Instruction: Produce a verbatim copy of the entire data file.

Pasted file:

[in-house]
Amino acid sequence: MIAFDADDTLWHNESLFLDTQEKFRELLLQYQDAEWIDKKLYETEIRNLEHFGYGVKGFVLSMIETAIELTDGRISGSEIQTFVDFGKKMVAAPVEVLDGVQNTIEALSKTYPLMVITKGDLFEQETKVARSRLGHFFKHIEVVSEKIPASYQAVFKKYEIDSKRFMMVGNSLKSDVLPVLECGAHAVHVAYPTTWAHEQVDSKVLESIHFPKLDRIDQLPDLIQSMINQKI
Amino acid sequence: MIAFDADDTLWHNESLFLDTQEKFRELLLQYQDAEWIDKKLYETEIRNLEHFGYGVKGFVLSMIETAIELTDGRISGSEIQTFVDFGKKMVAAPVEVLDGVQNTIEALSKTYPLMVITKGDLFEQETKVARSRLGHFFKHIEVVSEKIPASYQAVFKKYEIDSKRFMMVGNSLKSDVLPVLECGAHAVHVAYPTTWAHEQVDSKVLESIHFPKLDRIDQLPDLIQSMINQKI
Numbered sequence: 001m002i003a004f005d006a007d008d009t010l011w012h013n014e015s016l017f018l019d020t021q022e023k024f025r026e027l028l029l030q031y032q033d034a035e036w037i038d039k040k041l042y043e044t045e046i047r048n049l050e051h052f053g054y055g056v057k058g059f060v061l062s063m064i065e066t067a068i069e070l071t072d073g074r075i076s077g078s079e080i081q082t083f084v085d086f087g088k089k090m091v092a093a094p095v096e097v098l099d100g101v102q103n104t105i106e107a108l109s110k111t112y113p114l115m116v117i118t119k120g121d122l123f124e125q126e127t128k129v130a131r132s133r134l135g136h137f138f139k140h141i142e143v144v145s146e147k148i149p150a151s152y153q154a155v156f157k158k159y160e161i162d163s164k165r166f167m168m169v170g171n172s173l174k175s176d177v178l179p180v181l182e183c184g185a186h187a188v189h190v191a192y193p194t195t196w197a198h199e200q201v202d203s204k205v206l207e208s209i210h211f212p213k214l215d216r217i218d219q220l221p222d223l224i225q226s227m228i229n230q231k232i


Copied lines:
[in-house]
Amino acid sequence: MIAFDADDTLWHNESLFLDTQEKFRELLLQYQDAEWIDKKLYETEIRNLEHFGYGVKGFVLSMIETAIELTDGRISGSEIQTFVDFGKKMVAAPVEVLDGVQNTIEALSKTYPLMVITKGDLFEQETKVARSRLGHFFKHIEVVSEKIPASYQAVFKKYEIDSKRFMMVGNSLKSDVLPVLECGAHAVHVAYPTTWAHEQVDSKVLESIHFPKLDRIDQLPDLIQSMINQKI
Amino acid sequence: MIAFDADDTLWHNESLFLDTQEKFRELLLQYQDAEWIDKKLYETEIRNLEHFGYGVKGFVLSMIETAIELTDGRISGSEIQTFVDFGKKMVAAPVEVLDGVQNTIEALSKTYPLMVITKGDLFEQETKVARSRLGHFFKHIEVVSEKIPASYQAVFKKYEIDSKRFMMVGNSLKSDVLPVLECGAHAVHVAYPTTWAHEQVDSKVLESIHFPKLDRIDQLPDLIQSMINQKI
Numbered sequence: 001m002i003a004f005d006a007d008d009t010l011w012h013n014e015s016l017f018l019d020t021q022e023k024f025r026e027l028l029l030q031y032q033d034a035e036w037i038d039k040k041l042y043e044t045e046i047r048n049l050e051h052f053g054y055g056v057k058g059f060v061l062s063m064i065e066t067a068i069e070l071t072d073g074r075i076s077g078s079e080i081q082t083f084v085d086f087g088k089k090m091v092a093a094p095v096e097v098l099d100g101v102q103n104t105i106e107a108l109s110k111t112y113p114l115m116v117i118t119k120g121d122l123f124e125q126e127t128k129v130a131r132s133r134l135g136h137f138f139k140h141i142e143v144v145s146e147k148i149p150a151s152y153q154a155v156f157k158k159y160e161i162d163s164k165r166f167m168m169v170g171n172s173l174k175s176d177v178l179p180v181l182e183c184g185a186h187a188v189h190v191a192y193p194t195t196w197a198h199e200q201v202d203s204k205v206l207e208s209i210h211f212p213k214l215d216r217i218d219q220l221p222d223l224i225q226s227m228i229n230q231k232i